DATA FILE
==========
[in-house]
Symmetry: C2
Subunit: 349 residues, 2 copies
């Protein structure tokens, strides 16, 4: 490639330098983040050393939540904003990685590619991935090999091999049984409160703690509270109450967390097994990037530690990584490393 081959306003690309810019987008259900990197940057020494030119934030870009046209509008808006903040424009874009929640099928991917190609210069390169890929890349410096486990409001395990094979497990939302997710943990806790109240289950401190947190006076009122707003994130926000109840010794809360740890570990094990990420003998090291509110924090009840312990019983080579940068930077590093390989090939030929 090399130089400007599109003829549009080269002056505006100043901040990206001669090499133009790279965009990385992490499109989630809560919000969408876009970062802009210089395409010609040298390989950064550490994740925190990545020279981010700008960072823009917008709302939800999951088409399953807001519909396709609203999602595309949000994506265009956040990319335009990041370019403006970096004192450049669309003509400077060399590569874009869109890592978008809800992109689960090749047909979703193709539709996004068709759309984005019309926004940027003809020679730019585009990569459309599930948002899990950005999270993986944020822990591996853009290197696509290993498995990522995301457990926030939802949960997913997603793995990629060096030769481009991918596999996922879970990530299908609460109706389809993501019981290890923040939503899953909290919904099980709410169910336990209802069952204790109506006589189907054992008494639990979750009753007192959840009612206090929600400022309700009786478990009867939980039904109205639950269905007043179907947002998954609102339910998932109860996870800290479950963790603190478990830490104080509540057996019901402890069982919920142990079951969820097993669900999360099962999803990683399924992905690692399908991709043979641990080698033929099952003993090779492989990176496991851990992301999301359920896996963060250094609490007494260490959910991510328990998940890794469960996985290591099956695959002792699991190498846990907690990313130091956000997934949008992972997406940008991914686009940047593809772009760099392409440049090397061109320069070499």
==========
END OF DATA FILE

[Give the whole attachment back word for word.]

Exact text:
[in-house]
Symmetry: C2
Subunit: 349 residues, 2 copies
């Protein structure tokens, strides 16, 4: 490639330098983040050393939540904003990685590619991935090999091999049984409160703690509270109450967390097994990037530690990584490393 081959306003690309810019987008259900990197940057020494030119934030870009046209509008808006903040424009874009929640099928991917190609210069390169890929890349410096486990409001395990094979497990939302997710943990806790109240289950401190947190006076009122707003994130926000109840010794809360740890570990094990990420003998090291509110924090009840312990019983080579940068930077590093390989090939030929 090399130089400007599109003829549009080269002056505006100043901040990206001669090499133009790279965009990385992490499109989630809560919000969408876009970062802009210089395409010609040298390989950064550490994740925190990545020279981010700008960072823009917008709302939800999951088409399953807001519909396709609203999602595309949000994506265009956040990319335009990041370019403006970096004192450049669309003509400077060399590569874009869109890592978008809800992109689960090749047909979703193709539709996004068709759309984005019309926004940027003809020679730019585009990569459309599930948002899990950005999270993986944020822990591996853009290197696509290993498995990522995301457990926030939802949960997913997603793995990629060096030769481009991918596999996922879970990530299908609460109706389809993501019981290890923040939503899953909290919904099980709410169910336990209802069952204790109506006589189907054992008494639990979750009753007192959840009612206090929600400022309700009786478990009867939980039904109205639950269905007043179907947002998954609102339910998932109860996870800290479950963790603190478990830490104080509540057996019901402890069982919920142990079951969820097993669900999360099962999803990683399924992905690692399908991709043979641990080698033929099952003993090779492989990176496991851990992301999301359920896996963060250094609490007494260490959910991510328990998940890794469960996985290591099956695959002792699991190498846990907690990313130091956000997934949008992972997406940008991914686009940047593809772009760099392409440049090397061109320069070499």